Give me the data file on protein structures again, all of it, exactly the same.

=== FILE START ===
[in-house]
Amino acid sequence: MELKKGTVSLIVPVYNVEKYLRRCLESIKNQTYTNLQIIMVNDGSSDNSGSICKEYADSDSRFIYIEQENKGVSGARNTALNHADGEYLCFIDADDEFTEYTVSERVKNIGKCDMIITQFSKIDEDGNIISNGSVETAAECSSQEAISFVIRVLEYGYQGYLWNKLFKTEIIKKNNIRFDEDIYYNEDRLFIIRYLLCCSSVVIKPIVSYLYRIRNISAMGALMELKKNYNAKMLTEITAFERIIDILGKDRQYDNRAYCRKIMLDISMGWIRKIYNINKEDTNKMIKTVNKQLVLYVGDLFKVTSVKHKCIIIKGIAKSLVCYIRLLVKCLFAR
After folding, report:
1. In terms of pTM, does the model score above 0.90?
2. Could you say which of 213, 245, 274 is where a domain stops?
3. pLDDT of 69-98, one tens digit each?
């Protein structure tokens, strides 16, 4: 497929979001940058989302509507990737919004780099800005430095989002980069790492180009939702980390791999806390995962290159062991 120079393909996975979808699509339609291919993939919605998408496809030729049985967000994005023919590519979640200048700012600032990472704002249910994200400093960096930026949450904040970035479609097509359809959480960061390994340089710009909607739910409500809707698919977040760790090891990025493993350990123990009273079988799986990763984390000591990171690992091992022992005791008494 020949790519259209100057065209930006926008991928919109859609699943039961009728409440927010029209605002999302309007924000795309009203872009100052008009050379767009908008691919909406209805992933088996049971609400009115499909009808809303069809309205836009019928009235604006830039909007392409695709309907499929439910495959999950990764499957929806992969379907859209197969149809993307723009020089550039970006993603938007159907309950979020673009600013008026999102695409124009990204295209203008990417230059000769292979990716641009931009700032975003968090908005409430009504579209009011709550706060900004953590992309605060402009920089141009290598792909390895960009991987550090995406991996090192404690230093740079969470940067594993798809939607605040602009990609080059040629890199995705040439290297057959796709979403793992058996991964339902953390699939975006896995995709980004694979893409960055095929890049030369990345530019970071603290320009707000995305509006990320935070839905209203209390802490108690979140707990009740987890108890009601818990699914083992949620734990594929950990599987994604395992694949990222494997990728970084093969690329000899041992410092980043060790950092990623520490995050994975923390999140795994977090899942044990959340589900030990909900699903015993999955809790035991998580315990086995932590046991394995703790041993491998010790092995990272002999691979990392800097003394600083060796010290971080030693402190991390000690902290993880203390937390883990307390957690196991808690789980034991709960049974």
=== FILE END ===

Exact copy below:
[in-house]
Amino acid sequence: MELKKGTVSLIVPVYNVEKYLRRCLESIKNQTYTNLQIIMVNDGSSDNSGSICKEYADSDSRFIYIEQENKGVSGARNTALNHADGEYLCFIDADDEFTEYTVSERVKNIGKCDMIITQFSKIDEDGNIISNGSVETAAECSSQEAISFVIRVLEYGYQGYLWNKLFKTEIIKKNNIRFDEDIYYNEDRLFIIRYLLCCSSVVIKPIVSYLYRIRNISAMGALMELKKNYNAKMLTEITAFERIIDILGKDRQYDNRAYCRKIMLDISMGWIRKIYNINKEDTNKMIKTVNKQLVLYVGDLFKVTSVKHKCIIIKGIAKSLVCYIRLLVKCLFAR
After folding, report:
1. In terms of pTM, does the model score above 0.90?
2. Could you say which of 213, 245, 274 is where a domain stops?
3. pLDDT of 69-98, one tens digit each?
């Protein structure tokens, strides 16, 4: 497929979001940058989302509507990737919004780099800005430095989002980069790492180009939702980390791999806390995962290159062991 120079393909996975979808699509339609291919993939919605998408496809030729049985967000994005023919590519979640200048700012600032990472704002249910994200400093960096930026949450904040970035479609097509359809959480960061390994340089710009909607739910409500809707698919977040760790090891990025493993350990123990009273079988799986990763984390000591990171690992091992022992005791008494 020949790519259209100057065209930006926008991928919109859609699943039961009728409440927010029209605002999302309007924000795309009203872009100052008009050379767009908008691919909406209805992933088996049971609400009115499909009808809303069809309205836009019928009235604006830039909007392409695709309907499929439910495959999950990764499957929806992969379907859209197969149809993307723009020089550039970006993603938007159907309950979020673009600013008026999102695409124009990204295209203008990417230059000769292979990716641009931009700032975003968090908005409430009504579209009011709550706060900004953590992309605060402009920089141009290598792909390895960009991987550090995406991996090192404690230093740079969470940067594993798809939607605040602009990609080059040629890199995705040439290297057959796709979403793992058996991964339902953390699939975006896995995709980004694979893409960055095929890049030369990345530019970071603290320009707000995305509006990320935070839905209203209390802490108690979140707990009740987890108890009601818990699914083992949620734990594929950990599987994604395992694949990222494997990728970084093969690329000899041992410092980043060790950092990623520490995050994975923390999140795994977090899942044990959340589900030990909900699903015993999955809790035991998580315990086995932590046991394995703790041993491998010790092995990272002999691979990392800097003394600083060796010290971080030693402190991390000690902290993880203390937390883990307390957690196991808690789980034991709960049974």